DNA bill is not clear about consent and privacy

DNA Regulation (Usage and Application) Act 2019 (DNA Bill) has recently created a dispute about the issue of privacy, but the bill has been in the pipeline for the last three years.

The original draft law was submitted to the commission in September 2016 by the

Biotechnology Department of the Ministry of Science and Technology.

After reviewing the bill, the Law Commission proposed some changes in its July 2017 report. The present bill is practical, as the Commission has proposed in its 2017 report.

Recommendations of the Law Committee

The original bill was entitled: Use and Regulation of DNA-based Technology in Civil and Criminal Proceedings, Recognition of Missing Persons and Human Reservations Bill, 2016 The contents of the bill were publicly criticized on the privacy concerns.

However, the Commission’s report did not address these concerns adequately on this issue.

The recommendations of the commission were primarily for the formation of DNA (profiling panel as a legal body for the maintenance of DNA panel and DNA database.

The purpose of obtaining the bill is that the DNA database, maintaining unknown dead bodies, Can be identified with criminals with natural accuracy and relative accuracy, where there is a 0.01% error rate in terms of DNA technology, but just a Kanu Minister to introduce provisions to establish bodies, current gaps and defects are not adequately addressed.

DNA Bell
The basic problem approval in the current DNA bill is approval. Justice K.S. According to Puttaswamy (Retired) and triple test given in Meera. Vs Union of India and ORS Regarding privacy:

The second side is a consensus on the privacy decision. Judge DY Chandchood emphasized the importance of “informed consent”. According to the current law, consent was forced to be forcibly and forcibly.

In the case of Potoswamy, a new dimension was given to the consensus, that is, it should be communicated, which means that if all the facts are not known to the person, then the agreed consent will become contaminated.

Another point where current Draft Law fails in Puttaswamy, in such cases of citizen cases where DNA identification may be necessary, such as paternity suit. In this case, the retention of the DNA profile of the respective parties is not a general purpose.

According to Article 21 and 22 of the Draft Law, the consent of DNA samples should be obtained in all cases except in specific crimes.

The interpretation states that specific crimes are those where punishment is seven years or more or death. If the consent can not be obtained – in a criminal case – the sample can be collected on the order of the judge.

The problem here is that it is well known that the police specializes in influencing the persons in their custody – either by force or by prosecution – and thus, although Article 25 of the Indian Evidence Act, 1872 provides this investigation That the identity of the court is unacceptable, the police can encourage self-harassment by testing DNA.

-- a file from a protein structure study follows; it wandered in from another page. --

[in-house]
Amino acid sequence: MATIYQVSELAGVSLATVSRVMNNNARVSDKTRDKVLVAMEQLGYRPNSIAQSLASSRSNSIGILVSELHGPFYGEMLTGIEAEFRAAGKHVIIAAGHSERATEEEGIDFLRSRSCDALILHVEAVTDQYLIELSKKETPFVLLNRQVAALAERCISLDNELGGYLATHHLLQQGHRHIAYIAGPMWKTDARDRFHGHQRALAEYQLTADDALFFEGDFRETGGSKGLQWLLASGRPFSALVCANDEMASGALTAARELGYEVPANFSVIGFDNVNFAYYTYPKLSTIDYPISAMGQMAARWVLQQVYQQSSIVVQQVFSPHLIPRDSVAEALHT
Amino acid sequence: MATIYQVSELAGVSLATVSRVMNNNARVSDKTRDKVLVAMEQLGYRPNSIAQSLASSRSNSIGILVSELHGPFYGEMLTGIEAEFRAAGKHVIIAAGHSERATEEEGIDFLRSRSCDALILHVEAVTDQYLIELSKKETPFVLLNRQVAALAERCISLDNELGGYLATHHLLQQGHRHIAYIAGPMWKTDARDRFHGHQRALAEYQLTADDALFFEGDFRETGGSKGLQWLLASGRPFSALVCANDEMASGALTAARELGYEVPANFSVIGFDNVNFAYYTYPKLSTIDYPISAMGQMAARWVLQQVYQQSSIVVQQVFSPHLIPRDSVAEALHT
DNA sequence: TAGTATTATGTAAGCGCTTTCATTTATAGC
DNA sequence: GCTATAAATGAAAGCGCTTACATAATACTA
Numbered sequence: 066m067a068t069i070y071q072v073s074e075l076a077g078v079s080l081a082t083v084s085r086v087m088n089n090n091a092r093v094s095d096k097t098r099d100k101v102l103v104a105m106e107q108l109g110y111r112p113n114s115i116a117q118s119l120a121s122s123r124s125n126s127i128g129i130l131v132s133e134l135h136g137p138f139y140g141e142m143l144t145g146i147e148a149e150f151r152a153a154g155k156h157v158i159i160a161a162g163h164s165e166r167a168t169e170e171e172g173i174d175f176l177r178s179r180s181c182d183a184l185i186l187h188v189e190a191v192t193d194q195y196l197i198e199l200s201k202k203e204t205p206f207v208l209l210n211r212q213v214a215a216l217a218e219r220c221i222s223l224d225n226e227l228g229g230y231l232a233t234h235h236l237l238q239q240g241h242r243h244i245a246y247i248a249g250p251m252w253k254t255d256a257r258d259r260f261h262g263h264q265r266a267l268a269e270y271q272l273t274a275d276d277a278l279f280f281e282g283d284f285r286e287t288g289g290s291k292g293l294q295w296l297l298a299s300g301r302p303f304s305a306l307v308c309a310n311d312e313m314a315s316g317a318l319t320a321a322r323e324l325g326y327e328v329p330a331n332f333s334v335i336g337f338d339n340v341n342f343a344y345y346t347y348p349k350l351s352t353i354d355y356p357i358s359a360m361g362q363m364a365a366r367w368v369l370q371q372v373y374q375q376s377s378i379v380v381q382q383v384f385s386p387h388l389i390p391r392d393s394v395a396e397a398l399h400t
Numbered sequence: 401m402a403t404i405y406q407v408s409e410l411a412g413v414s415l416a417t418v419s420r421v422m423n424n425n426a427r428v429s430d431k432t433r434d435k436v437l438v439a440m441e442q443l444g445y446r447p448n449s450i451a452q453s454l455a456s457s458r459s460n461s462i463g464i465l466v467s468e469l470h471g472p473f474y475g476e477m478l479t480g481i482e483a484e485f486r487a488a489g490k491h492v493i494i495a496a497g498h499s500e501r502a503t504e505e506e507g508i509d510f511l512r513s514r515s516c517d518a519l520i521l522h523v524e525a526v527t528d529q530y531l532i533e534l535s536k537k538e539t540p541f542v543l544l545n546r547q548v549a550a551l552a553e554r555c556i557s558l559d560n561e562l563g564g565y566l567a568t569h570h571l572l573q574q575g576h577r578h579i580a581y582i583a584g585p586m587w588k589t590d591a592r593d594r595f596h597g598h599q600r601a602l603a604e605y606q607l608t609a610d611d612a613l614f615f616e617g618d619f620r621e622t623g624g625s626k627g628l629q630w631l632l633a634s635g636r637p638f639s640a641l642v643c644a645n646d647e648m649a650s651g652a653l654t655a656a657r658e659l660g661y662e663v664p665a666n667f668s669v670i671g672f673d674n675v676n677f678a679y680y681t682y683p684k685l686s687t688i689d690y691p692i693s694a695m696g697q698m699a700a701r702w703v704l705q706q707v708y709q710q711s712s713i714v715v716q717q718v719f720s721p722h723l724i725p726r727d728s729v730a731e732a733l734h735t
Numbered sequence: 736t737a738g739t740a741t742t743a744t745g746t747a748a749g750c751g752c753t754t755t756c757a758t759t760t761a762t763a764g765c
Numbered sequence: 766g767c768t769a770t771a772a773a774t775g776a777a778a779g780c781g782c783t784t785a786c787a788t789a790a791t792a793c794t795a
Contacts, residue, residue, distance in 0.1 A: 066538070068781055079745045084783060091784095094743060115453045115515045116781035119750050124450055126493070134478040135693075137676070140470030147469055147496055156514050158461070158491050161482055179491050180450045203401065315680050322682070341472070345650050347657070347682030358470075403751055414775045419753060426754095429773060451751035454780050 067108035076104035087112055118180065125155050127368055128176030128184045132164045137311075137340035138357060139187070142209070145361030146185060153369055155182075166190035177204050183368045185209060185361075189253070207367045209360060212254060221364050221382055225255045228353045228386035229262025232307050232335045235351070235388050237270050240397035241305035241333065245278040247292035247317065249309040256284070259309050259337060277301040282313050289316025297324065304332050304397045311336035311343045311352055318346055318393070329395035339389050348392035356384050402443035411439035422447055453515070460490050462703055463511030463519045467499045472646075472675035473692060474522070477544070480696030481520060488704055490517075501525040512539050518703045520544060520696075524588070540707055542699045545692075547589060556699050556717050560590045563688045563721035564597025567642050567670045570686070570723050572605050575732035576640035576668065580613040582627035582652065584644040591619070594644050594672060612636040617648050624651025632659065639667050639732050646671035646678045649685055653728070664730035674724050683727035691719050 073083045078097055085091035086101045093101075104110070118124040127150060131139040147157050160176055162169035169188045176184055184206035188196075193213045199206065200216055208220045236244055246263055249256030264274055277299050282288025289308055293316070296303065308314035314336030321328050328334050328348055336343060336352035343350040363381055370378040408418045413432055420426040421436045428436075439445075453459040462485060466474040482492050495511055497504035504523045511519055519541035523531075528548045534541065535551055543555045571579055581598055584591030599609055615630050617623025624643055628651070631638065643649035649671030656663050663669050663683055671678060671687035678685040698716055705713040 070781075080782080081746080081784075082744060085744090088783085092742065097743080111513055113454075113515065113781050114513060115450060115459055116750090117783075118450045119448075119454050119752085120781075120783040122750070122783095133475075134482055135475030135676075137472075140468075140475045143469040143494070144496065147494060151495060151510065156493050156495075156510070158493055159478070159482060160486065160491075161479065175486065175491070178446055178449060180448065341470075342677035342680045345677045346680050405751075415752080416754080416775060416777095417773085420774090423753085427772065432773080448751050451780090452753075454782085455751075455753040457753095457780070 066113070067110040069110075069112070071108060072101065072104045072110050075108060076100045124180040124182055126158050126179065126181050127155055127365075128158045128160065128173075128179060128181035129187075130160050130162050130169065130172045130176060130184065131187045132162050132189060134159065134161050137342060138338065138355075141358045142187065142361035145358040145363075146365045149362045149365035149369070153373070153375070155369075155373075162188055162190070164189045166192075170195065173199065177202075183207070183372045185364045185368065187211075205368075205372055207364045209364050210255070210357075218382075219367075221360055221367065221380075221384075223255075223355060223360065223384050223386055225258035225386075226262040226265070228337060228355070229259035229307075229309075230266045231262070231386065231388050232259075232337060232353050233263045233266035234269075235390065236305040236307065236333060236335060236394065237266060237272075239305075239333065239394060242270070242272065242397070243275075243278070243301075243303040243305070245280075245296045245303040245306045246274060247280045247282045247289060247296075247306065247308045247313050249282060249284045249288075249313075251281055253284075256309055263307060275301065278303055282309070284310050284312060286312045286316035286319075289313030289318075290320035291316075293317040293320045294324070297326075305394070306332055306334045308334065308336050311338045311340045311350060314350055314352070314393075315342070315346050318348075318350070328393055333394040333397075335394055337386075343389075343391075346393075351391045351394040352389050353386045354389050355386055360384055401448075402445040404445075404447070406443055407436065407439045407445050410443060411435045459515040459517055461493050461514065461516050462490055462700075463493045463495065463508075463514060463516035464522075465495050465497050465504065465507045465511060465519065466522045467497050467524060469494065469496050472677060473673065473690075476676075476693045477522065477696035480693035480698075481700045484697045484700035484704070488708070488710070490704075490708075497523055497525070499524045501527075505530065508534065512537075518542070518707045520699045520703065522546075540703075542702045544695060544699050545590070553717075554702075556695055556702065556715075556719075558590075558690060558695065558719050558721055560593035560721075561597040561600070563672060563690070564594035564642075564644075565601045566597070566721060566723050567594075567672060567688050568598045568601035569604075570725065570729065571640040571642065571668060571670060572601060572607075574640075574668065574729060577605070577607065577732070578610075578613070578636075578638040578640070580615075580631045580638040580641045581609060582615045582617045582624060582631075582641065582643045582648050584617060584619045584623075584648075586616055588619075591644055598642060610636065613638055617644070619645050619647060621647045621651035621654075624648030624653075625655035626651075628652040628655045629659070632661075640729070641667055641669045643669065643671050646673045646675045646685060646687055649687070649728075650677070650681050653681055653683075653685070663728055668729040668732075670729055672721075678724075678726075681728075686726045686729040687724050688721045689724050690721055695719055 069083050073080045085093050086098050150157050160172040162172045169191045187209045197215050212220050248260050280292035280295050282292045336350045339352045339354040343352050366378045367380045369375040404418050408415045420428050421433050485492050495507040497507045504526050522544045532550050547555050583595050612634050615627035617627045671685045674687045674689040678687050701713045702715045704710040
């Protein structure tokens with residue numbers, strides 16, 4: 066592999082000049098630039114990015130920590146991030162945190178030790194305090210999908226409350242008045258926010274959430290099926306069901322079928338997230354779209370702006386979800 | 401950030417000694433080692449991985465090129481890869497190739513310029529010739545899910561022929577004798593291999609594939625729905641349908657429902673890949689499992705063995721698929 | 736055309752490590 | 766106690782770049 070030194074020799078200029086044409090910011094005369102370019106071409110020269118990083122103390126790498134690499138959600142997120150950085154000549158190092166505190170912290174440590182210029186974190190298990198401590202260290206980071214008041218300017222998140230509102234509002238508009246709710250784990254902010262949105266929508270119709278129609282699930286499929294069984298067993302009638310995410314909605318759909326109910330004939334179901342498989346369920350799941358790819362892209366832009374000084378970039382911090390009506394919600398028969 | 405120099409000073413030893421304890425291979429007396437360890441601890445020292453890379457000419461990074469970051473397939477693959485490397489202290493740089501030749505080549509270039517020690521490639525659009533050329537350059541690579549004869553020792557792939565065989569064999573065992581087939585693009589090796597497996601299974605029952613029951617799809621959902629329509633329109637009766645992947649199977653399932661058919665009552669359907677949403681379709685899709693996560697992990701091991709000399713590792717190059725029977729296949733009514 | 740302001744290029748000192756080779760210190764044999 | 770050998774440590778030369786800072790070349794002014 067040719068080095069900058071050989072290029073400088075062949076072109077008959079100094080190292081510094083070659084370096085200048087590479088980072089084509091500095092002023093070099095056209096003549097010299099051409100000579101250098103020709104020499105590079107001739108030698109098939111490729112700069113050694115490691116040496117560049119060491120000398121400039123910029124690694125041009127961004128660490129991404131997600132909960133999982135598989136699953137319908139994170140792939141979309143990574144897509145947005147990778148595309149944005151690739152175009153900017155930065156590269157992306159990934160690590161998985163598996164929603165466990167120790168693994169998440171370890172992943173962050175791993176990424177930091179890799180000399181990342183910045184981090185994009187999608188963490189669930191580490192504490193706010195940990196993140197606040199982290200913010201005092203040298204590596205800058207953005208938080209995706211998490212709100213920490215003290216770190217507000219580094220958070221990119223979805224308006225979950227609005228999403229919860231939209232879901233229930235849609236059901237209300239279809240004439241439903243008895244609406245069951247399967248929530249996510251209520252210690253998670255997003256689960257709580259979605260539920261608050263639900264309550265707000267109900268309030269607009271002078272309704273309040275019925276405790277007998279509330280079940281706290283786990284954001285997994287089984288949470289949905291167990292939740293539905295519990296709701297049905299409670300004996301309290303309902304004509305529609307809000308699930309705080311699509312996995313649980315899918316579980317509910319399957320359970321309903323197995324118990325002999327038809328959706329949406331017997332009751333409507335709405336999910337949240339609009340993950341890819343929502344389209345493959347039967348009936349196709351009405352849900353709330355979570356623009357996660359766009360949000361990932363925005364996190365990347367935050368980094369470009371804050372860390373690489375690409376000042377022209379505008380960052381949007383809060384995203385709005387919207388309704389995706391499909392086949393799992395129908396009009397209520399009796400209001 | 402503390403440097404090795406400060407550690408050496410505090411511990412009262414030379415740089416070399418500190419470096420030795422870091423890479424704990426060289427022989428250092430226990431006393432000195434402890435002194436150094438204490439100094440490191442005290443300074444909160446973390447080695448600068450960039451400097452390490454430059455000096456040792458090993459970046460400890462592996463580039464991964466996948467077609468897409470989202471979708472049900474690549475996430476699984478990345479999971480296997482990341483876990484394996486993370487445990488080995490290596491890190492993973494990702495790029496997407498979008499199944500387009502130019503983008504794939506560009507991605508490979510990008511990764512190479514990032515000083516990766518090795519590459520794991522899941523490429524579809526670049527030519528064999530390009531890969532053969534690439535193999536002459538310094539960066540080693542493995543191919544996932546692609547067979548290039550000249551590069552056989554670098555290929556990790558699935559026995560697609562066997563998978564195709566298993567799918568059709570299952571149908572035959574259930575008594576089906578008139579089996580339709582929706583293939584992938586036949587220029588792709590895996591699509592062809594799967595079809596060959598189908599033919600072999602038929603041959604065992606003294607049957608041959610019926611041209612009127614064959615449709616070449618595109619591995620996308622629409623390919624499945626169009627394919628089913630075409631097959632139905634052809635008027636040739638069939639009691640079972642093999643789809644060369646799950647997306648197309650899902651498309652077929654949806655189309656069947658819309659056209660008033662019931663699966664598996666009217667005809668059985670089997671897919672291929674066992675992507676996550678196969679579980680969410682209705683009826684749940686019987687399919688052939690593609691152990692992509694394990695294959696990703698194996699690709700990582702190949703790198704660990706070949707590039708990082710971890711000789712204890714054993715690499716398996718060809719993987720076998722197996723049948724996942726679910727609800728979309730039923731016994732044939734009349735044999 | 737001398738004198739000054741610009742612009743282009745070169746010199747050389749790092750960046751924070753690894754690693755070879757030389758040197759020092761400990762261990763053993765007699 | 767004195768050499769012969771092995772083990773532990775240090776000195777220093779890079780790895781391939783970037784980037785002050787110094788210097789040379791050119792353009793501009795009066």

An important privacy problem arises around the proposed DNA data banks. It has been envisaged that they will be established and maintained at regional and central levels.

These data banks will maintain six indicators: Crime Scene Index, Criminal Index, Suspect Index, guarantor index, missing person index and unknown dead person index.

Despite the DNA data recorded in the infringer index, all other information can be removed from the repository. In the case of a suspect, on the basis of the police report presented or on the order of the court. In the case of trial by court order.

DNA profiles can be removed for those people who have been registered in DNA related warehouses and have not committed any offense, when applying to the DNA bank manager’s National Bank. However, the DNA profile of guilty or criminal is not included in the proposed section.

This raises the question about the stage on which the person’s DNA sample will be collected and approval is required or not.

Another issue concerns the widespread philosophy of the criminal justice system, in which the guilty person should not be fined after conviction.

One of the deficiencies in the bill mentioned in PRS India is that there are specific provisions that restrict the retention of data on medical history and physical features in DNA data banks, two other countries with laws in South Africa and Ireland.

The present bill does not have any special provision for itself.

The first reason for which the bill was placed was the identification of dead bodies.

However, in its current draft, the draft bill is beyond the mere recognition of unclaimed bodies. On one hand, the positive side is that there is a proposal to regulate Bill DNA testing.

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